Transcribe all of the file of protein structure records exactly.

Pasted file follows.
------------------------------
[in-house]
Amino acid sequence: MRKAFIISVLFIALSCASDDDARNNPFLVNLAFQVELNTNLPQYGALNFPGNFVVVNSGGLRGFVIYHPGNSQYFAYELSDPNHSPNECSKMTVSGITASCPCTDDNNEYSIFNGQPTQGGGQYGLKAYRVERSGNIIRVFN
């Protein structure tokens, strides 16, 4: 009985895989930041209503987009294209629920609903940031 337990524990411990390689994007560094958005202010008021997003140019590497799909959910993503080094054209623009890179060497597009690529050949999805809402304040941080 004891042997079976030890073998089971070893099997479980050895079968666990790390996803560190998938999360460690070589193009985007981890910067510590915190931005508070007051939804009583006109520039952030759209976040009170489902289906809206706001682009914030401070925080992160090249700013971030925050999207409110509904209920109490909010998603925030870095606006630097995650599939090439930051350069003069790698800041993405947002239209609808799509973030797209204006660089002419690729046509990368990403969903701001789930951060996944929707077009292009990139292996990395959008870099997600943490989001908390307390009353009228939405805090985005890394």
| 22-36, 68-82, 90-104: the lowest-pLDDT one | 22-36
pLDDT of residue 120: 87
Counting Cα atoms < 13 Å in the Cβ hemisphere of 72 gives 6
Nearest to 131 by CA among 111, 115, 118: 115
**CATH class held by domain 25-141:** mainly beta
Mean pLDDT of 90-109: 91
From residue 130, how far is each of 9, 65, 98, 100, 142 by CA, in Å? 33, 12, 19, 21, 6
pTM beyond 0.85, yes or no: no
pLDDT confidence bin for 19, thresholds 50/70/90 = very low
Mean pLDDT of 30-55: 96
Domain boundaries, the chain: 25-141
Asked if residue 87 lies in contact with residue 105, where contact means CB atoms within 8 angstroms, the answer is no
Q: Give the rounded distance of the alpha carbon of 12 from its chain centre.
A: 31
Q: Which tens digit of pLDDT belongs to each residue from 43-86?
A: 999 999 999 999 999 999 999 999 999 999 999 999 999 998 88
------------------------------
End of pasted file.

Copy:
[in-house]
Amino acid sequence: MRKAFIISVLFIALSCASDDDARNNPFLVNLAFQVELNTNLPQYGALNFPGNFVVVNSGGLRGFVIYHPGNSQYFAYELSDPNHSPNECSKMTVSGITASCPCTDDNNEYSIFNGQPTQGGGQYGLKAYRVERSGNIIRVFN
């Protein structure tokens, strides 16, 4: 009985895989930041209503987009294209629920609903940031 337990524990411990390689994007560094958005202010008021997003140019590497799909959910993503080094054209623009890179060497597009690529050949999805809402304040941080 004891042997079976030890073998089971070893099997479980050895079968666990790390996803560190998938999360460690070589193009985007981890910067510590915190931005508070007051939804009583006109520039952030759209976040009170489902289906809206706001682009914030401070925080992160090249700013971030925050999207409110509904209920109490909010998603925030870095606006630097995650599939090439930051350069003069790698800041993405947002239209609808799509973030797209204006660089002419690729046509990368990403969903701001789930951060996944929707077009292009990139292996990395959008870099997600943490989001908390307390009353009228939405805090985005890394």
| 22-36, 68-82, 90-104: the lowest-pLDDT one | 22-36
pLDDT of residue 120: 87
Counting Cα atoms < 13 Å in the Cβ hemisphere of 72 gives 6
Nearest to 131 by CA among 111, 115, 118: 115
**CATH class held by domain 25-141:** mainly beta
Mean pLDDT of 90-109: 91
From residue 130, how far is each of 9, 65, 98, 100, 142 by CA, in Å? 33, 12, 19, 21, 6
pTM beyond 0.85, yes or no: no
pLDDT confidence bin for 19, thresholds 50/70/90 = very low
Mean pLDDT of 30-55: 96
Domain boundaries, the chain: 25-141
Asked if residue 87 lies in contact with residue 105, where contact means CB atoms within 8 angstroms, the answer is no
Q: Give the rounded distance of the alpha carbon of 12 from its chain centre.
A: 31
Q: Which tens digit of pLDDT belongs to each residue from 43-86?
A: 999 999 999 999 999 999 999 999 999 999 999 999 999 998 88